Important Things to Consider when Switching to a New EHR

New EHRIn March 2017, 67% of all providers reported using an electronic health record (EHR), a 1% increase over September 2016, according to SK&A, a leading provider of healthcare information solutions and research. However, while EHRs offer many benefits, surveys show that they continue to be a source of frustration as most physicians find EHR data entry a major challenge. Medical transcription companies help providers to manage patient electronic records with EHR-integrated solutions. Nevertheless, switching EHRs is a growing trend among physicians. A Kalaroma Information survey on the electronic medical record (EMR) market in 2017 found that many physicians and hospitals were ready to switch EHR vendors.

The main problems that physicians report with EHR systems include: functionality or the EHR’s ability to decrease workload, dissatisfaction with ease of use and software platform, cost and financial losses, and poor customer service. The American Medical Association (AMA) reported that a survey published in the January 2017 issue of Family Practice Magazine found the top reasons for switching EHR systems as:

  • Gain added functionality
  • Achieve meaningful use
  • Get better usability
  • Find better support and training
  • Consolidate multiple EHRs

However, providers also said there are several challenges when it comes to changing their EHR system. About 80 percent of respondents reported that the biggest challenge was the time investment required to switch EHRS, and 70 percent cited productivity loss as the major challenge. Many providers also said that learning how to use a new EHR could be a big challenge and that switching was financially burdensome.

Implementing a new EHR system doesn’t mean just implementing the software. Once the software is in place, it will take several months for physicians to adjust the new system for their day-to-day practices, and they should be prepared for this. Here are some expert tips to help with the process and to save time:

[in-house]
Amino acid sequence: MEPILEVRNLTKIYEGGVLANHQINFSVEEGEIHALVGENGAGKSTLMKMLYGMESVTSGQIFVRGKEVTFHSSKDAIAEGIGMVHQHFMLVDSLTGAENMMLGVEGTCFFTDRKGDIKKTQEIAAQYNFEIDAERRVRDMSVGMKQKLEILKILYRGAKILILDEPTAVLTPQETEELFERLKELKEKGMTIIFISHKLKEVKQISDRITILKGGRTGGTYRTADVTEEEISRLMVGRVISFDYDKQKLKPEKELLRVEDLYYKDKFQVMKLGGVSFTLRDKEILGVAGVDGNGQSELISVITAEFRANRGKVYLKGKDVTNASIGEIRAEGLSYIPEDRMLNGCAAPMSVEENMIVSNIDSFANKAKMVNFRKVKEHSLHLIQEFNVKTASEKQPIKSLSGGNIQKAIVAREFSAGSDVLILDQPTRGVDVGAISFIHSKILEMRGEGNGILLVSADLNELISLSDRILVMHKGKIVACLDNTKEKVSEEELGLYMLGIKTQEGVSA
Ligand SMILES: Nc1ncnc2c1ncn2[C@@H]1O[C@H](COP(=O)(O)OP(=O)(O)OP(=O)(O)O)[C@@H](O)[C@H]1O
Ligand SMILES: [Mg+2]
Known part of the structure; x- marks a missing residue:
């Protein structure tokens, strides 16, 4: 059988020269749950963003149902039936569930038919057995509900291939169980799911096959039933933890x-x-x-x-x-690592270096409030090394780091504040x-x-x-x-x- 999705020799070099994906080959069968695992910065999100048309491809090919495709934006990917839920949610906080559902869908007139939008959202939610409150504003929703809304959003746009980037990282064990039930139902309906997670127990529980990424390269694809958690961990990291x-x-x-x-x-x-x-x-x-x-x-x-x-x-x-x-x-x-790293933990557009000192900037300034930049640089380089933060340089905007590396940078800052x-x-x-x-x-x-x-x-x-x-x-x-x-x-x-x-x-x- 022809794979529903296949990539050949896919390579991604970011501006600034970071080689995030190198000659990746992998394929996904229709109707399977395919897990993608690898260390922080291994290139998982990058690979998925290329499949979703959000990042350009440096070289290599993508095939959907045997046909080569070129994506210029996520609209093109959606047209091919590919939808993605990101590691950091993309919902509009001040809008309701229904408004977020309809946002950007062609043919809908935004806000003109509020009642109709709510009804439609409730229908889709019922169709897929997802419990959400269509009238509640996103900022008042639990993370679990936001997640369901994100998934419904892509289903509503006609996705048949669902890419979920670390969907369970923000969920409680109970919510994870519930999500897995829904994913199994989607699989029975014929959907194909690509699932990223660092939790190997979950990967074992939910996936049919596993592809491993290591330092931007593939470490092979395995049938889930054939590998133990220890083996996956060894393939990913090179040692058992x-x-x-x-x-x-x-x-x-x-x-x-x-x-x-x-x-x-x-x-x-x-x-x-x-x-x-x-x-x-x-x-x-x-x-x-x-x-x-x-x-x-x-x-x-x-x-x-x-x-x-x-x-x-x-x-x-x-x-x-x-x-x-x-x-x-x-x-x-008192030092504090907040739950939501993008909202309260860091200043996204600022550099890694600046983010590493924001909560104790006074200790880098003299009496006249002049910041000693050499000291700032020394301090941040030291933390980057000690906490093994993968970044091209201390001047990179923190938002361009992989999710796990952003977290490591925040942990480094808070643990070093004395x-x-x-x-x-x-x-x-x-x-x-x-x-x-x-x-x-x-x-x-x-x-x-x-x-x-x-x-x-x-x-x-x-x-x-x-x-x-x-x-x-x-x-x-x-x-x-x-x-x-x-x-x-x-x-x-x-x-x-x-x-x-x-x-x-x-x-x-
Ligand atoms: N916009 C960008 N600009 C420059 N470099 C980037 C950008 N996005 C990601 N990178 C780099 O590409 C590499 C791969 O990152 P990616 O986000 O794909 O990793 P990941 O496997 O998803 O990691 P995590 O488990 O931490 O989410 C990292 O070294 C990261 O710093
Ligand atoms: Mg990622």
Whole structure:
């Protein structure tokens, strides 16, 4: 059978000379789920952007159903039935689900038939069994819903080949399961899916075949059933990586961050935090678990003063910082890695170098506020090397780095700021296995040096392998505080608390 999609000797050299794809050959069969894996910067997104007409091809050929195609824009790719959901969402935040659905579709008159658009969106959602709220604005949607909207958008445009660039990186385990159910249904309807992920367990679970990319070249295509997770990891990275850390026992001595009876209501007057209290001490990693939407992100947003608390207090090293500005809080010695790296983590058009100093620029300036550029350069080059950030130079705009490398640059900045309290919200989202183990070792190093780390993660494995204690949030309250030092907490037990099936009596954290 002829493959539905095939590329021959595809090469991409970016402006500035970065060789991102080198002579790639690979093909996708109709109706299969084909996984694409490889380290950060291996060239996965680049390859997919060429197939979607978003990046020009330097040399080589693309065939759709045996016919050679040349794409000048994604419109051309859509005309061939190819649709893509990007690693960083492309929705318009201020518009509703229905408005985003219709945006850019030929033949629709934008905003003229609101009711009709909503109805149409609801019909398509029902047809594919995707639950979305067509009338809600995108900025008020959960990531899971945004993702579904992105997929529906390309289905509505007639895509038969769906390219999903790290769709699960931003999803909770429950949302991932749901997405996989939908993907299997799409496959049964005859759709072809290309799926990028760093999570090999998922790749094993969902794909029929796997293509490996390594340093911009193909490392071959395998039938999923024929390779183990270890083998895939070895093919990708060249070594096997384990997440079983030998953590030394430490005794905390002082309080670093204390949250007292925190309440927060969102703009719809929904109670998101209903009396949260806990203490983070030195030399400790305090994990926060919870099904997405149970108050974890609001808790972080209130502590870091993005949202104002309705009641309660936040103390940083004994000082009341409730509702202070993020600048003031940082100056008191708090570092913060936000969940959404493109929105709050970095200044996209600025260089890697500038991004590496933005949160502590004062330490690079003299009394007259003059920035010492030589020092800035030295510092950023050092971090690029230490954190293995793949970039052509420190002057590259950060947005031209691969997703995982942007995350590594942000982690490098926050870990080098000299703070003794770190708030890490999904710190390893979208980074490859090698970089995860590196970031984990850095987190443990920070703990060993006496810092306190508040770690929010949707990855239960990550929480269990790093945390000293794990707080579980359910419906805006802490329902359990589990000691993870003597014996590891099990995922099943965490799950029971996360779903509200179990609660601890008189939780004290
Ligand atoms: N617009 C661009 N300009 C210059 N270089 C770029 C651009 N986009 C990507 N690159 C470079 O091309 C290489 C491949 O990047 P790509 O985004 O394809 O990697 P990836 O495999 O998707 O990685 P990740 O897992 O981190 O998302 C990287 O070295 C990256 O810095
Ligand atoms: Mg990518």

• Choose a system that meets your unique needs: Selecting an EHR with a user-friendly, customizable interface is the first step, says a Healthcare America article. If your practice has a unique way of managing certain tasks, decide what customizations you want and discuss these software upgrades with the vendor before you make the switch. Contract for those upgrades and make sure that they will become operational as soon as the system goes live.
  • Look for innovations that will make key tasks easier: A simple but efficient EHR system will make it easier for practice staff, who may not be IT professionals, to manage reports and data. Selecting an EHR that automates simple tasks such as reminders, messaging, schedule confirmation, will allow your team to focus on more important matters. For instance, Harvard Business Review reports that when Virginia Mason Medical Center implemented computerized “order entry”, confusing or erroneous physician orders fell from 50% to near zero overnight. Innovations and automation will improve workflow and give you more time to focus on your patients, just as outsourcing medical transcription does.
  • Make the right decisions about data transfer: Experts say that transferring all the data from the old system to the new one would be time-consuming and virtually impossible. So plan what data you would need to move and work with your new EHR vendor and tech support to incorporate and transfer the data within a timeline.
  • Keep patients and stakeholders informed: It’s important to keep patients and partners on the page about the switch. You can inform patients that their data is going to be safer now. Train established patients in the new EHR process. If your EHR is integrated with the local hospital, let them know that all their records will be intact. These measures will promote a smooth transition and improve relationships with patients and stakeholders.
  • Switching New EHRTrack progress: The progress of the transition should be monitored. You need to ensure that the new EHR software is working properly and manages your data efficiently. In a Medical Economics report, an expert recommends that physicians determine several metrics prior to the implementation, and then measure against them at key intervals, such as from 30 to 120 days post-implementation, and then again at six months out. He says that physicians should contractually obligate their EHR vendors to deliver such results, with provisions for more training or even refunds if the software doesn’t deliver the required results.
  • Schedule training for staff: Physicians should plan for additional training so that the staff becomes competent in using the new EHR system. This should be included in the contract with the new vendor. One-on-one or small group training will help physicians and staff to get individual attention and clarify matters.
  • Make adjustments: Plan to tackle unsatisfactory performance in the first few months after the new system is implemented. The vendor can be asked to make adjustments so that any issues are ironed out at the start.

The number of practices looking to change EHRs is likely to grow in the coming years. A 2016 Black Book survey found that specialists are looking to end chronic replacements with flexible cloud-based and specialty-driven EHRs tailored to improve financial, workflow, clinical outcomes and satisfaction. Going by the above-mentioned strategies will make switching EHR systems less challenging.